Consequently, the massive arrival of the Europeans in these areas began, which enabled the emergence of new settlements, and today they represent the big
metropolises. In 1812 a new conflict broke out in the Great Lakes region, which lasted two years . This was America’s last attempt to take the northern part of the lake. The number of inhabitants in the Great Lakes basin varies due to the different methodologies used in the sorting of populations in metropolises and urban areas that are within the hydrological boundary-basin or the Great Lakes Basin. The estimation of the number of inhabitants in the Great Lakes basin amounts to 33.4 million from 1991, the total of the United States with Canada. A special problem that arises when determining the number of inhabitants in this region represents the metropolitan area of Chicago where changes in the hydrological characteristics of the basins are marked.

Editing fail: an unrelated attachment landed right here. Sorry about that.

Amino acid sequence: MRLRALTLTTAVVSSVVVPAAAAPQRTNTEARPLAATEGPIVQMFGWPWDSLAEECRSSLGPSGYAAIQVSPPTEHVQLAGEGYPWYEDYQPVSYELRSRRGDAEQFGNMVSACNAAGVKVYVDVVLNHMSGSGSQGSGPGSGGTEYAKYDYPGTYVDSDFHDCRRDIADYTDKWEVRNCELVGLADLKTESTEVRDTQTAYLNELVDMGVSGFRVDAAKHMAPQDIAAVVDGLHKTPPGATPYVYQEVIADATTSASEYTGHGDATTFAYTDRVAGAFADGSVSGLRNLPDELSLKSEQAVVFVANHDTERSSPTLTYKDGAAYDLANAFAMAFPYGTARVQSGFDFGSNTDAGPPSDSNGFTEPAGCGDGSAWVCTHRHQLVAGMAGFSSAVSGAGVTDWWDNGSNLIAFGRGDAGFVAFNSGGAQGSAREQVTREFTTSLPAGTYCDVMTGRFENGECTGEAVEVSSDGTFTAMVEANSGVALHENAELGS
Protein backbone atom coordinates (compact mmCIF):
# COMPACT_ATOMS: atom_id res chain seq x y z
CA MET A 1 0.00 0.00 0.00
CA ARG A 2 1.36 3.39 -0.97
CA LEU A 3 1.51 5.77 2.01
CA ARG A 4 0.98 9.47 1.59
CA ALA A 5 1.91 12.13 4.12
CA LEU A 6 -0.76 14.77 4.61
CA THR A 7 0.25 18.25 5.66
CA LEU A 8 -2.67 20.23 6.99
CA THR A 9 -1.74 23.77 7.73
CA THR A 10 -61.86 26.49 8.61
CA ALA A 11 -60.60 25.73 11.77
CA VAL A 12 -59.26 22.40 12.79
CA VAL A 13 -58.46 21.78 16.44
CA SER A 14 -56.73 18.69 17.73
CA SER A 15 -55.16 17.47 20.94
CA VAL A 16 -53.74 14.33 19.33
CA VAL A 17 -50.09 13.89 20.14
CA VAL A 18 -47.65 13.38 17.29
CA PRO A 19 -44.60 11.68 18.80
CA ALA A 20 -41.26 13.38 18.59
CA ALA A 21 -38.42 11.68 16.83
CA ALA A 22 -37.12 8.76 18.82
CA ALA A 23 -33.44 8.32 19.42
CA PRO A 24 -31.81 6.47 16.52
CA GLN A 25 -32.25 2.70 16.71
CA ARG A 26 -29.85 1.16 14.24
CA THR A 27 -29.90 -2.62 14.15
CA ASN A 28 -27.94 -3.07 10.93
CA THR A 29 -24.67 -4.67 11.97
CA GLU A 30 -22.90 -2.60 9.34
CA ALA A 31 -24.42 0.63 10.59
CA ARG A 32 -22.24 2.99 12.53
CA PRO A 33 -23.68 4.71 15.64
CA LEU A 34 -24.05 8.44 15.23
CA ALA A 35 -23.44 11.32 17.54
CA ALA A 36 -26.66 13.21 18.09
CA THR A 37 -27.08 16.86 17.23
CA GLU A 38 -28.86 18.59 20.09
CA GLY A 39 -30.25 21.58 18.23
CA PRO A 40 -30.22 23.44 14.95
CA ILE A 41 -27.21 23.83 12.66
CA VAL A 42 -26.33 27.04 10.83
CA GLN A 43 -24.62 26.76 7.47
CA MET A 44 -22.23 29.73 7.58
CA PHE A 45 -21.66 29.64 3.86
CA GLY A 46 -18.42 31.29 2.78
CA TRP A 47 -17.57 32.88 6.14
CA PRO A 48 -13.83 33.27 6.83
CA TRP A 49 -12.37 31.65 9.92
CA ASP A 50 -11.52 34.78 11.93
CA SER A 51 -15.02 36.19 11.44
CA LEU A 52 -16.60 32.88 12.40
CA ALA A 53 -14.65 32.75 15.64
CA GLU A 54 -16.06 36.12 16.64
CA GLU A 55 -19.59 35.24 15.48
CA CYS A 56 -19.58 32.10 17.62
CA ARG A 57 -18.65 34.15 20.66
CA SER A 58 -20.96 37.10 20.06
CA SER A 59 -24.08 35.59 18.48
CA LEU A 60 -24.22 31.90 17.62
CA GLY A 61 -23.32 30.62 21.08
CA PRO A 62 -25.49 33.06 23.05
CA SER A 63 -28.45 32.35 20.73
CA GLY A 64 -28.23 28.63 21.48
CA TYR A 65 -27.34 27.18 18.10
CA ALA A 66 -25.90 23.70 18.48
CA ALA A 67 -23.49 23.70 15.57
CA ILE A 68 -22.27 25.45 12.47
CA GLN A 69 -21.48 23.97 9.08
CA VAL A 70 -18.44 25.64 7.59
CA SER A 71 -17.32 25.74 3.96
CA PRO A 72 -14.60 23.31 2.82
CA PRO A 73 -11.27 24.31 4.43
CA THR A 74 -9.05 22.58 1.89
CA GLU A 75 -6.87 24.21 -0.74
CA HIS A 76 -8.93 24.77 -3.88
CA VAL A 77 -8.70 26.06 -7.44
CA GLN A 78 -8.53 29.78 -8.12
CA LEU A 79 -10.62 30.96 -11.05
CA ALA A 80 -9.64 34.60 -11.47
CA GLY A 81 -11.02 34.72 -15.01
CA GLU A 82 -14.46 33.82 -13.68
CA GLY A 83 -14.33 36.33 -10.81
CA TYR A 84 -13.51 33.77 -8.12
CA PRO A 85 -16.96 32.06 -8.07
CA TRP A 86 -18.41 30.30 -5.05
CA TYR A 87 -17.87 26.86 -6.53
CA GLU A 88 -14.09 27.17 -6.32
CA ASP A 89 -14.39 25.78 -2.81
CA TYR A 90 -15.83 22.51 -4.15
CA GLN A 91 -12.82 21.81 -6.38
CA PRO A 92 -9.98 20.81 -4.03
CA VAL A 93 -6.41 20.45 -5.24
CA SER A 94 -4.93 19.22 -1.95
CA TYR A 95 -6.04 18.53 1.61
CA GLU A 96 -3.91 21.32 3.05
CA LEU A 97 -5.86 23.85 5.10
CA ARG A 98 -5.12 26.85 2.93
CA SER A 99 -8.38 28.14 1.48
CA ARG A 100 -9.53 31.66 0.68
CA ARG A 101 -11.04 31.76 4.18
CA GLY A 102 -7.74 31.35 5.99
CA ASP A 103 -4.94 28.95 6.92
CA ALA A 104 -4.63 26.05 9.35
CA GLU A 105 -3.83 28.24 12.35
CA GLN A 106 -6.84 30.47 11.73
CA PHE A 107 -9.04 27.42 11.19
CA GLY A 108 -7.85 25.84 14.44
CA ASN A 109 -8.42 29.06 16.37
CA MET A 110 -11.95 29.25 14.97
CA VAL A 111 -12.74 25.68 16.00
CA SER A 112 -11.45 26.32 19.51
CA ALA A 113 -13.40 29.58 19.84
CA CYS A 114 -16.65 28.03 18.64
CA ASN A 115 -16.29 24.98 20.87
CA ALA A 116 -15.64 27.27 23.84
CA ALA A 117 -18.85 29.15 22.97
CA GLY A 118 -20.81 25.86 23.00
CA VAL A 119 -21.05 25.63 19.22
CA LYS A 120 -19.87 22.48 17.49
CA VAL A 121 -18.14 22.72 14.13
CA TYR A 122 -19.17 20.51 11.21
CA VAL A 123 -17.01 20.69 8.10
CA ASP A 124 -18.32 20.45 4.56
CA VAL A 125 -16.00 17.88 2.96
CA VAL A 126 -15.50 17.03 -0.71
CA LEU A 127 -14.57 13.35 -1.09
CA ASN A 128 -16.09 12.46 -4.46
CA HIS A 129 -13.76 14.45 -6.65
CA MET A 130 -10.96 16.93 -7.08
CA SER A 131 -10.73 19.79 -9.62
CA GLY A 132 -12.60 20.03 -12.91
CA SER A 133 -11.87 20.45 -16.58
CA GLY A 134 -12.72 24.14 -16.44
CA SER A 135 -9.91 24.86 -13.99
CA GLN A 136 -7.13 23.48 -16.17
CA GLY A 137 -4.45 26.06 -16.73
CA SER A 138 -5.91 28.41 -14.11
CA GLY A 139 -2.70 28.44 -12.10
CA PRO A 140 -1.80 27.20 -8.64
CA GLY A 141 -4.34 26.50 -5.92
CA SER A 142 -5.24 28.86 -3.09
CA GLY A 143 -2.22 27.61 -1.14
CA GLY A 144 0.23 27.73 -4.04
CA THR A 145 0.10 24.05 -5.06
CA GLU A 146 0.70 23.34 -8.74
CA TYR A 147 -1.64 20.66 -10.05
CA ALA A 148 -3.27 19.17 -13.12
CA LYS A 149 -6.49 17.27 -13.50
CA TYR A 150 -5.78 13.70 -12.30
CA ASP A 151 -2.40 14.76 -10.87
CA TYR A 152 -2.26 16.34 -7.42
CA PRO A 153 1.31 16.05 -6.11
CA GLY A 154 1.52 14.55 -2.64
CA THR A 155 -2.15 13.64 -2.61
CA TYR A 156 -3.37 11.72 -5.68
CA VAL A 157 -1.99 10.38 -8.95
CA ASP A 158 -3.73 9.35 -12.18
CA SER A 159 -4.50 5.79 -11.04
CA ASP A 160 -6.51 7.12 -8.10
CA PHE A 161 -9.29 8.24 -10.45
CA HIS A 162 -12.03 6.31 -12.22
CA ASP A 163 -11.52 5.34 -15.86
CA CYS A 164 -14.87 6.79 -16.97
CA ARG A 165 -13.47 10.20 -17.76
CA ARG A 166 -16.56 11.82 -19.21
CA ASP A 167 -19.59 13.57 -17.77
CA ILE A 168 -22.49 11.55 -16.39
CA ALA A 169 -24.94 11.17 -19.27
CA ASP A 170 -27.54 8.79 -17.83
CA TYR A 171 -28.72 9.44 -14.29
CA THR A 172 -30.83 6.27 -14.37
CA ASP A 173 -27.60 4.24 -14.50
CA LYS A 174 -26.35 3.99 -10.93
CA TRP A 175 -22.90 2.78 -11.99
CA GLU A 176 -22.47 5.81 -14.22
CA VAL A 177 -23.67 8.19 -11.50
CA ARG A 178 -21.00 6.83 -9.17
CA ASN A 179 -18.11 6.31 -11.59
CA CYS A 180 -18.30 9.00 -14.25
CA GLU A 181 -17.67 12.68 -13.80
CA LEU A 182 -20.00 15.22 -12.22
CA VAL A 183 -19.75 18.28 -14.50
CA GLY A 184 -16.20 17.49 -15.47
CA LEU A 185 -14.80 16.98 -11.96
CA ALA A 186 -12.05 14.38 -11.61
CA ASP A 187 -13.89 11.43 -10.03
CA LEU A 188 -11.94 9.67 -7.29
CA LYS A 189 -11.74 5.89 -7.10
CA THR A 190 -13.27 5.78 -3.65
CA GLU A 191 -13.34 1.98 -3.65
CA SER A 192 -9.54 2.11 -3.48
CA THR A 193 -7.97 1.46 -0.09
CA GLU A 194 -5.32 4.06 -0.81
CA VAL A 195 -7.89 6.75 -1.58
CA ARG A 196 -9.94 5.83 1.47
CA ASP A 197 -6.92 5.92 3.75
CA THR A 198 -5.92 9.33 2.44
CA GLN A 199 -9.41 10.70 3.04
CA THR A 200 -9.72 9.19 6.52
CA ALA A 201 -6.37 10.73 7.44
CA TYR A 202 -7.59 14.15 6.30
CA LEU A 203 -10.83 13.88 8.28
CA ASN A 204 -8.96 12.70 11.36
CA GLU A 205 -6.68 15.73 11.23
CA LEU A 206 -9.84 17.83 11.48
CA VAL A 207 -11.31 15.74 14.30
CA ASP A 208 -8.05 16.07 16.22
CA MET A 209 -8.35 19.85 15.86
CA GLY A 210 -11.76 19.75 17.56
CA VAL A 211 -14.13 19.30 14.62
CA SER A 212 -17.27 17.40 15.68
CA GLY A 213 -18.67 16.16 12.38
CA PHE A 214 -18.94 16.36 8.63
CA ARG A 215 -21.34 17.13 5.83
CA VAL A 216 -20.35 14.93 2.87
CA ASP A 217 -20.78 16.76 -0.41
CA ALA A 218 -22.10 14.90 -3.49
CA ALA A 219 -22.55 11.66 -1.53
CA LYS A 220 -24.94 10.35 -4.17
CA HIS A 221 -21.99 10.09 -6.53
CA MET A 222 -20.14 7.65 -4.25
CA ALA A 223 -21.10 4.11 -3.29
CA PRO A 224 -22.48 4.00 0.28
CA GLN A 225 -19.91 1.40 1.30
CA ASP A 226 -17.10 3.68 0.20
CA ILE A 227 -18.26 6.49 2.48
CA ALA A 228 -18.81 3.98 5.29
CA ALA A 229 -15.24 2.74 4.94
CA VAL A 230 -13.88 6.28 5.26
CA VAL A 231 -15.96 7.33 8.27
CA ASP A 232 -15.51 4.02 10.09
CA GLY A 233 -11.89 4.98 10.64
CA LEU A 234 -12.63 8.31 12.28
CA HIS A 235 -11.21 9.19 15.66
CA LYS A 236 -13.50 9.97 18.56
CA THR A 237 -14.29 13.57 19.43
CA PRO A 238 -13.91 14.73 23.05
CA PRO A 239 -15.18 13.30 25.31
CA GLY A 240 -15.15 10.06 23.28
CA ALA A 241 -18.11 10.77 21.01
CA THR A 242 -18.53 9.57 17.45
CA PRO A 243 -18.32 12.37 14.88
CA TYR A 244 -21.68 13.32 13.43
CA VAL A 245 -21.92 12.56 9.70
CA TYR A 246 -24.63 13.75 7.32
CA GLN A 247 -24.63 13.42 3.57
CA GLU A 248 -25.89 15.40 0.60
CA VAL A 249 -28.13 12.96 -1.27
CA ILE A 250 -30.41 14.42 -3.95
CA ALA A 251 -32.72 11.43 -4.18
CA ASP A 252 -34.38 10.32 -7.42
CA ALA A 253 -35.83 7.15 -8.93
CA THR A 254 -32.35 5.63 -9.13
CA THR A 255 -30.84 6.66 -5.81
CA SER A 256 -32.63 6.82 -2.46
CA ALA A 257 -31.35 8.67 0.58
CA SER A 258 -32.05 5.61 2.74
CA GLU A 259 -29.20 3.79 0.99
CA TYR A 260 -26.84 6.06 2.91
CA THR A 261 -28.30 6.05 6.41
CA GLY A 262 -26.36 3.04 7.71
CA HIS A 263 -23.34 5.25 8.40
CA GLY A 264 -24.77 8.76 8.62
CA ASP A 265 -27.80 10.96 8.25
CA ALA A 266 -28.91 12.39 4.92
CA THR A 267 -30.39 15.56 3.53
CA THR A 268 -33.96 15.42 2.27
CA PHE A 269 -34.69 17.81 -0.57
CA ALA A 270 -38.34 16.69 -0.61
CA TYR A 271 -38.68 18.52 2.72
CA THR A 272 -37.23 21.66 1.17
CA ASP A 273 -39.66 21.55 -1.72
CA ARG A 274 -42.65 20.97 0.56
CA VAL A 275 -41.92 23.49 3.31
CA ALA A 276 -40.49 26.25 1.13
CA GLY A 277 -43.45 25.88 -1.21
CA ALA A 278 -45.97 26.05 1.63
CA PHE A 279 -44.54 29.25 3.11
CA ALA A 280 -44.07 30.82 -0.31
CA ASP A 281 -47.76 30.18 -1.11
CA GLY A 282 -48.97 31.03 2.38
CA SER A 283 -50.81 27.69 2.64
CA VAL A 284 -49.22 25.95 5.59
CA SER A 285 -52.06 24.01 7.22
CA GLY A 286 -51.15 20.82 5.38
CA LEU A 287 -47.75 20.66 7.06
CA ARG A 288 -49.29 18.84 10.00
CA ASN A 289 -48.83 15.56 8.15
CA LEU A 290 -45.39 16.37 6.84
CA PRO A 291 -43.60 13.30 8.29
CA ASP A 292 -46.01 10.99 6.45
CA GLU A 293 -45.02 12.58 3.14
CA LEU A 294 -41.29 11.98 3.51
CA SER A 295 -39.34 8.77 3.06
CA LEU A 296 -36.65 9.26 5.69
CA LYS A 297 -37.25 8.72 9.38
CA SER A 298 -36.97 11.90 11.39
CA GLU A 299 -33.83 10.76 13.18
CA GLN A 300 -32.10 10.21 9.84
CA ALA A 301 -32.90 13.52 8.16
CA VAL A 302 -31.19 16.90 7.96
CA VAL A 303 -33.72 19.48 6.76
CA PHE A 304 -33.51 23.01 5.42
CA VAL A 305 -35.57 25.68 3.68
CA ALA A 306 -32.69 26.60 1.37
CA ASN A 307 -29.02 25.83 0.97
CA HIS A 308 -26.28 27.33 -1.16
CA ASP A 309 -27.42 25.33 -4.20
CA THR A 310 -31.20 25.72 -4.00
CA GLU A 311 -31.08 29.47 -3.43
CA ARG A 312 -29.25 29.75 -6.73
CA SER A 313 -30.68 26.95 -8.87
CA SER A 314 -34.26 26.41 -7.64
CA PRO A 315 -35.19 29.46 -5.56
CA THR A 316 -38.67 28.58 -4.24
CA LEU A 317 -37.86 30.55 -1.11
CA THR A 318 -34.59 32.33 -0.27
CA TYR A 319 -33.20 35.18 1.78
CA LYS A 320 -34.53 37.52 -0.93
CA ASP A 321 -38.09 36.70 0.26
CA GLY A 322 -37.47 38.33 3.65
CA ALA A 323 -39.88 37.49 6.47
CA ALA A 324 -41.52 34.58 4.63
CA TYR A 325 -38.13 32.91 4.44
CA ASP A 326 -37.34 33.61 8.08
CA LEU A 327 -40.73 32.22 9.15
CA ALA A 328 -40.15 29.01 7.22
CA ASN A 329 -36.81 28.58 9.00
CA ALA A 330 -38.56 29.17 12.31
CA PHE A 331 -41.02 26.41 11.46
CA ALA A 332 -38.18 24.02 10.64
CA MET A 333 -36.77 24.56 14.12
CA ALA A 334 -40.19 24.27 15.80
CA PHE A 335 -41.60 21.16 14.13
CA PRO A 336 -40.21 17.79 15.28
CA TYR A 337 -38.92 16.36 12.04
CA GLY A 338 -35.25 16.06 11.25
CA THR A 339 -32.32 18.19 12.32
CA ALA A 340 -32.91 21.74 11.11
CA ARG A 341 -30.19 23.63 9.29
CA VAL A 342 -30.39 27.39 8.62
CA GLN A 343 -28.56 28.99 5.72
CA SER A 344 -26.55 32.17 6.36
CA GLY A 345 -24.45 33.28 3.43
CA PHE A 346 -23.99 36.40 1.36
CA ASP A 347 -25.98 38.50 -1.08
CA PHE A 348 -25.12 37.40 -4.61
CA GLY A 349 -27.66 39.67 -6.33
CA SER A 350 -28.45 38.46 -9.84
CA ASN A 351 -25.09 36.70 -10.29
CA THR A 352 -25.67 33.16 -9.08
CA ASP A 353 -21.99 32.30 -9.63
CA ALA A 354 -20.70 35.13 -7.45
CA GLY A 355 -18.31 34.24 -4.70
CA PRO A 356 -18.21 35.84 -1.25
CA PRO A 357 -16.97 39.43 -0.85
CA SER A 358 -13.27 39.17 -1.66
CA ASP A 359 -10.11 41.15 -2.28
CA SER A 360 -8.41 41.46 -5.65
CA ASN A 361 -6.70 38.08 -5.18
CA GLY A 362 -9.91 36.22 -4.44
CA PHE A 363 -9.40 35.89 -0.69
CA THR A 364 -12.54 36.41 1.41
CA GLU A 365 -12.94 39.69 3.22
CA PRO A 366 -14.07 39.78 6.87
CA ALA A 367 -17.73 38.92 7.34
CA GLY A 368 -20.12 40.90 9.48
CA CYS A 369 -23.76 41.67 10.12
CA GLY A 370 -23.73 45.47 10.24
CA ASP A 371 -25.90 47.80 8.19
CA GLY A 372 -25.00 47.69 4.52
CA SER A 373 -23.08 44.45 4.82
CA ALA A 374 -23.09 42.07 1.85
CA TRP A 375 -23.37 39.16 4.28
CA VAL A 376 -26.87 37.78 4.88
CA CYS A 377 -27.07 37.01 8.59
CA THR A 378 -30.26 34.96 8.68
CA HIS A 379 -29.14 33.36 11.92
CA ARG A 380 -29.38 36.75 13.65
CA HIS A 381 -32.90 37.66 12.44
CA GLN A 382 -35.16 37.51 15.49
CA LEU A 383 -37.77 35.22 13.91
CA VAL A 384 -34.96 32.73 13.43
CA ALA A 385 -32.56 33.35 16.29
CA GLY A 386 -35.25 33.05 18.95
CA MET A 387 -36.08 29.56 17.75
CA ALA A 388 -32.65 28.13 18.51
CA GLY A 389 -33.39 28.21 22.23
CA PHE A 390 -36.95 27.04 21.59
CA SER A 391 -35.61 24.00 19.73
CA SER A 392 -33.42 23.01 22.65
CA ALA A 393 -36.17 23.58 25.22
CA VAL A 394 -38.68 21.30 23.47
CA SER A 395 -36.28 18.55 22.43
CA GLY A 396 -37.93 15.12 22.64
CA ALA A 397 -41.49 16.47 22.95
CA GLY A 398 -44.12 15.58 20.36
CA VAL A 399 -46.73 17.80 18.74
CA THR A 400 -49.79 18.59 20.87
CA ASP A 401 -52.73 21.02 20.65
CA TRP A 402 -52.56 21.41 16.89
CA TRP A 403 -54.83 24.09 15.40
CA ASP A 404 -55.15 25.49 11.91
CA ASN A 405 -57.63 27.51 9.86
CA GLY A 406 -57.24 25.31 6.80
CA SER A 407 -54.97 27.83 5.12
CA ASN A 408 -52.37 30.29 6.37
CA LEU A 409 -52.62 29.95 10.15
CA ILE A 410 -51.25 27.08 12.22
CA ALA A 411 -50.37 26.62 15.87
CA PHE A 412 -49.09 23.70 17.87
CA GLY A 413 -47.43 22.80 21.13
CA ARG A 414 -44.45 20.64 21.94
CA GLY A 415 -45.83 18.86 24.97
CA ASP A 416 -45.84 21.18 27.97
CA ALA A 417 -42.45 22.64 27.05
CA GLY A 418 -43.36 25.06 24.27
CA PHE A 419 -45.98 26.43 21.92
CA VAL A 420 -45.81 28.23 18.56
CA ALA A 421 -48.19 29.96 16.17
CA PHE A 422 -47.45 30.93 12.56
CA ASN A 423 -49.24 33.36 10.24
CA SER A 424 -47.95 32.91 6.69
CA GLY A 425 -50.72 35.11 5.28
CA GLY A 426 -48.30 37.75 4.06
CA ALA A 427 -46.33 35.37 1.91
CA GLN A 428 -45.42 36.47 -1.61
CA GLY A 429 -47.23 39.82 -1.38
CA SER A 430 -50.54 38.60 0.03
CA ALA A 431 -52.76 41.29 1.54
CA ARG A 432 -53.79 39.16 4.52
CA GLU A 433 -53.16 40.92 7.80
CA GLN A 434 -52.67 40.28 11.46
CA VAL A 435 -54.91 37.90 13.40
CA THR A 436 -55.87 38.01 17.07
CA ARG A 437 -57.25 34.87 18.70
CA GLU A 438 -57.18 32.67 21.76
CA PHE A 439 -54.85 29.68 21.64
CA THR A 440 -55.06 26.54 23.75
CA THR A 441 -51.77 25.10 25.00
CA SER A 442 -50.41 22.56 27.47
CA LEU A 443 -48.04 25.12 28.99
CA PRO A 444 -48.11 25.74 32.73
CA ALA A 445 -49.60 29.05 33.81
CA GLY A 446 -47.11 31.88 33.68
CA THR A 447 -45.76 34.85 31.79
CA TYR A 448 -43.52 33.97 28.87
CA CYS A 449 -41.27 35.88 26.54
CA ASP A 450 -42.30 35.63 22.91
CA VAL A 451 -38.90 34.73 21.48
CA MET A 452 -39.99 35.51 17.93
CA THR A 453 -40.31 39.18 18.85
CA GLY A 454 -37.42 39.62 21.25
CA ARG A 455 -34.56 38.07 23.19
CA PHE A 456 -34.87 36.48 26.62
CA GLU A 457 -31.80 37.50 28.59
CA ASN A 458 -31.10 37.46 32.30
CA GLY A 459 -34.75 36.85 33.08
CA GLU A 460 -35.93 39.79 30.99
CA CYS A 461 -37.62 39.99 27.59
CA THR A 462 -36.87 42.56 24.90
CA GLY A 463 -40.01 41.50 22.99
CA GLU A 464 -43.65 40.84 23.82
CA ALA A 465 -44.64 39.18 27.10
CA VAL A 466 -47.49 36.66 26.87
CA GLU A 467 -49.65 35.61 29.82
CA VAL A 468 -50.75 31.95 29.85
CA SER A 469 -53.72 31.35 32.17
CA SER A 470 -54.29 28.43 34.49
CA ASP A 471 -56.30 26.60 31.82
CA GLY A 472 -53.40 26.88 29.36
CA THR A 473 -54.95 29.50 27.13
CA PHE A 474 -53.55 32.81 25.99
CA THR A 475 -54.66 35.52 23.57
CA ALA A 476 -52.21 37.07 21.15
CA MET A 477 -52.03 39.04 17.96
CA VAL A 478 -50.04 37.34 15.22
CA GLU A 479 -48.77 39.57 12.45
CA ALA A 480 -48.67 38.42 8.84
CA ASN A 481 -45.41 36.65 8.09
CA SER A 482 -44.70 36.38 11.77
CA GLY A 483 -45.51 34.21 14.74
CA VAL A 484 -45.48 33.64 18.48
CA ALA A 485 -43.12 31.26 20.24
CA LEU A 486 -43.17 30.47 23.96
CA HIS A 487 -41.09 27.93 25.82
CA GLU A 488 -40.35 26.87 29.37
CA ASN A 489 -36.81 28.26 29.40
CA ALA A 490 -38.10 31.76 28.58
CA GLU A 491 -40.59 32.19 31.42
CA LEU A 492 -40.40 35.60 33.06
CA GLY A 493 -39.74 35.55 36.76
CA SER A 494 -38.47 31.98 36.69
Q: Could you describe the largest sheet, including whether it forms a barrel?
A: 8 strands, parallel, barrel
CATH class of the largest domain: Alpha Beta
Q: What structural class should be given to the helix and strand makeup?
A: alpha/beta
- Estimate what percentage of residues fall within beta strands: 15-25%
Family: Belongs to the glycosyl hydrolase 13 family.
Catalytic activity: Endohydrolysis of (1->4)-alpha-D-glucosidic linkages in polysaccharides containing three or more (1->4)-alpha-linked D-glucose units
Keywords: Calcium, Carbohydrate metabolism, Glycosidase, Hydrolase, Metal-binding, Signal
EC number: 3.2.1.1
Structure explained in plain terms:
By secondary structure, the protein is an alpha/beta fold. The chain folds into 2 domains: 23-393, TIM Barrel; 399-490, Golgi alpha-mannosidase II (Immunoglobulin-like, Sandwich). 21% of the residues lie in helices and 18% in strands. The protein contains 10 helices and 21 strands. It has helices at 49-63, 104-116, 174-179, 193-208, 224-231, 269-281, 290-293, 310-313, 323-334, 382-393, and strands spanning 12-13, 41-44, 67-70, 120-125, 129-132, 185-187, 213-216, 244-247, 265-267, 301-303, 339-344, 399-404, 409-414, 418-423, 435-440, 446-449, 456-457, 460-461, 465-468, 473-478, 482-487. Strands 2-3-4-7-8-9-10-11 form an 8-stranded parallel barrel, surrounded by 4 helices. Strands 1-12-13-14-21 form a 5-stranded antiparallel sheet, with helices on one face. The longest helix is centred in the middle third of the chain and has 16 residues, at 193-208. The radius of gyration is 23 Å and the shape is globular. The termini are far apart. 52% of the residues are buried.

In recent years, compared to the previous one, the population of the Great Lakes is characterized by a lower growth compared to the rest of the US and Canada. While the population of the United States and Canada together grew by 22% (from 225 million to 275 million), from 1970 to 1990, by the population hydrological basin of the Great Lakes has grown by less than 1%. This disparity in population growth rates indicates redistribution in regional economic activities in relation to industrialized regions. The Basin loses the population in favor of the new expanding region. In this part of the US, migration of the population in the south and southwest is characteristic. Both sides of the border, the United States and Canada, are distinguished by different population trends. Ontario, with more than one-third of Canada’s population, is characterized by twice faster population growth than other states located within the Great Lakes basin. In Canada and the United States, there are many similar changes in the age structure.